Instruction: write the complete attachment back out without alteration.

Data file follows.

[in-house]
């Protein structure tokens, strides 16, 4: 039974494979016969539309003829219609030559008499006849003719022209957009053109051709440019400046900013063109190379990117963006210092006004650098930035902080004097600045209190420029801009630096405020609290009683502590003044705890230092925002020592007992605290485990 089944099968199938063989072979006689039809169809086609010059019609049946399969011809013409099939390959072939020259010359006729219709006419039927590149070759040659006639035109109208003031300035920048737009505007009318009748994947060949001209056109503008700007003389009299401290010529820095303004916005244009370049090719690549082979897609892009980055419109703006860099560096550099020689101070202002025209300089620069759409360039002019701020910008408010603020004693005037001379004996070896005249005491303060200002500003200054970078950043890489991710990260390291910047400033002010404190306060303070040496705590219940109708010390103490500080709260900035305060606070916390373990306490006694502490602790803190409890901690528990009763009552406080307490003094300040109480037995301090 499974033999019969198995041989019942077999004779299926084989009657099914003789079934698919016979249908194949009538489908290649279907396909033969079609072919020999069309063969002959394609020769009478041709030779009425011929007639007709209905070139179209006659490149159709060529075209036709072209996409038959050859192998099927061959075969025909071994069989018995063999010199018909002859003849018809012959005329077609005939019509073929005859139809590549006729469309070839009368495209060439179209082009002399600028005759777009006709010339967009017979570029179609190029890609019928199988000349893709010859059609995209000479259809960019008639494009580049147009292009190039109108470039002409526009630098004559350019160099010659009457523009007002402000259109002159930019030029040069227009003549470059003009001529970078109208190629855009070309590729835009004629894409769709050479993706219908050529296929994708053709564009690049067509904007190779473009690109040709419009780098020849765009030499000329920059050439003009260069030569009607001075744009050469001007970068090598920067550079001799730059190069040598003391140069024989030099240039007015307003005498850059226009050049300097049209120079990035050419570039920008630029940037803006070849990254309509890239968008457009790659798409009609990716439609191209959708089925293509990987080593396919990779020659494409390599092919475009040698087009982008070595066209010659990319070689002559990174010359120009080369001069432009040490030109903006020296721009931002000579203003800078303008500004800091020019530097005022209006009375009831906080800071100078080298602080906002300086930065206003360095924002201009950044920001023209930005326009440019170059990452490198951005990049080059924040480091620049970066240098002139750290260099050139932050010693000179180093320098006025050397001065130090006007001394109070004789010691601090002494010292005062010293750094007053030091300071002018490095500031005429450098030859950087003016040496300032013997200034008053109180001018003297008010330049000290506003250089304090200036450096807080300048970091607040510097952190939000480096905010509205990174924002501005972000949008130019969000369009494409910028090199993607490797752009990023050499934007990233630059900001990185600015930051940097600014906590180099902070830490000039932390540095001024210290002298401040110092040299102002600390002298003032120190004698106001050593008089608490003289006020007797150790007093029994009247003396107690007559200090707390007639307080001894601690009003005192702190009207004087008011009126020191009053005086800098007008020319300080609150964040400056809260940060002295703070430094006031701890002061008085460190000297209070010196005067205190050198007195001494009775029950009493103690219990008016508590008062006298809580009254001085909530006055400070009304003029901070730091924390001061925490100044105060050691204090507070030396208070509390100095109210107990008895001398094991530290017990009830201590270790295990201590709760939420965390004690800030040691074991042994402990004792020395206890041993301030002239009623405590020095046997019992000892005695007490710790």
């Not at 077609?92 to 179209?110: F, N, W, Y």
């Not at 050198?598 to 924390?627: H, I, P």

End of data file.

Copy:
[in-house]
């Protein structure tokens, strides 16, 4: 039974494979016969539309003829219609030559008499006849003719022209957009053109051709440019400046900013063109190379990117963006210092006004650098930035902080004097600045209190420029801009630096405020609290009683502590003044705890230092925002020592007992605290485990 089944099968199938063989072979006689039809169809086609010059019609049946399969011809013409099939390959072939020259010359006729219709006419039927590149070759040659006639035109109208003031300035920048737009505007009318009748994947060949001209056109503008700007003389009299401290010529820095303004916005244009370049090719690549082979897609892009980055419109703006860099560096550099020689101070202002025209300089620069759409360039002019701020910008408010603020004693005037001379004996070896005249005491303060200002500003200054970078950043890489991710990260390291910047400033002010404190306060303070040496705590219940109708010390103490500080709260900035305060606070916390373990306490006694502490602790803190409890901690528990009763009552406080307490003094300040109480037995301090 499974033999019969198995041989019942077999004779299926084989009657099914003789079934698919016979249908194949009538489908290649279907396909033969079609072919020999069309063969002959394609020769009478041709030779009425011929007639007709209905070139179209006659490149159709060529075209036709072209996409038959050859192998099927061959075969025909071994069989018995063999010199018909002859003849018809012959005329077609005939019509073929005859139809590549006729469309070839009368495209060439179209082009002399600028005759777009006709010339967009017979570029179609190029890609019928199988000349893709010859059609995209000479259809960019008639494009580049147009292009190039109108470039002409526009630098004559350019160099010659009457523009007002402000259109002159930019030029040069227009003549470059003009001529970078109208190629855009070309590729835009004629894409769709050479993706219908050529296929994708053709564009690049067509904007190779473009690109040709419009780098020849765009030499000329920059050439003009260069030569009607001075744009050469001007970068090598920067550079001799730059190069040598003391140069024989030099240039007015307003005498850059226009050049300097049209120079990035050419570039920008630029940037803006070849990254309509890239968008457009790659798409009609990716439609191209959708089925293509990987080593396919990779020659494409390599092919475009040698087009982008070595066209010659990319070689002559990174010359120009080369001069432009040490030109903006020296721009931002000579203003800078303008500004800091020019530097005022209006009375009831906080800071100078080298602080906002300086930065206003360095924002201009950044920001023209930005326009440019170059990452490198951005990049080059924040480091620049970066240098002139750290260099050139932050010693000179180093320098006025050397001065130090006007001394109070004789010691601090002494010292005062010293750094007053030091300071002018490095500031005429450098030859950087003016040496300032013997200034008053109180001018003297008010330049000290506003250089304090200036450096807080300048970091607040510097952190939000480096905010509205990174924002501005972000949008130019969000369009494409910028090199993607490797752009990023050499934007990233630059900001990185600015930051940097600014906590180099902070830490000039932390540095001024210290002298401040110092040299102002600390002298003032120190004698106001050593008089608490003289006020007797150790007093029994009247003396107690007559200090707390007639307080001894601690009003005192702190009207004087008011009126020191009053005086800098007008020319300080609150964040400056809260940060002295703070430094006031701890002061008085460190000297209070010196005067205190050198007195001494009775029950009493103690219990008016508590008062006298809580009254001085909530006055400070009304003029901070730091924390001061925490100044105060050691204090507070030396208070509390100095109210107990008895001398094991530290017990009830201590270790295990201590709760939420965390004690800030040691074991042994402990004792020395206890041993301030002239009623405590020095046997019992000892005695007490710790």
């Not at 077609?92 to 179209?110: F, N, W, Y």
């Not at 050198?598 to 924390?627: H, I, P």